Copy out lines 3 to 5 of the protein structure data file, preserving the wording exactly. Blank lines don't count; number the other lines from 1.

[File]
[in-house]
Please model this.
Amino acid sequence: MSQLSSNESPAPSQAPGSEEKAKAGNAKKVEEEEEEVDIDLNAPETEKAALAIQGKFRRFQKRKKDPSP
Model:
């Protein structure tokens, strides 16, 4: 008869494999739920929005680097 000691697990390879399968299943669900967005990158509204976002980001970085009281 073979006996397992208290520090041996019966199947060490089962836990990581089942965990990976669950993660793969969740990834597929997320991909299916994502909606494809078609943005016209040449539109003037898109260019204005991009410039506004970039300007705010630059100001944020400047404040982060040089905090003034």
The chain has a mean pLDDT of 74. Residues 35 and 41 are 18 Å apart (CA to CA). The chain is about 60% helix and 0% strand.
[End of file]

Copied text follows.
Amino acid sequence: MSQLSSNESPAPSQAPGSEEKAKAGNAKKVEEEEEEVDIDLNAPETEKAALAIQGKFRRFQKRKKDPSP
Model:
């Protein structure tokens, strides 16, 4: 008869494999739920929005680097 000691697990390879399968299943669900967005990158509204976002980001970085009281 073979006996397992208290520090041996019966199947060490089962836990990581089942965990990976669950993660793969969740990834597929997320991909299916994502909606494809078609943005016209040449539109003037898109260019204005991009410039506004970039300007705010630059100001944020400047404040982060040089905090003034």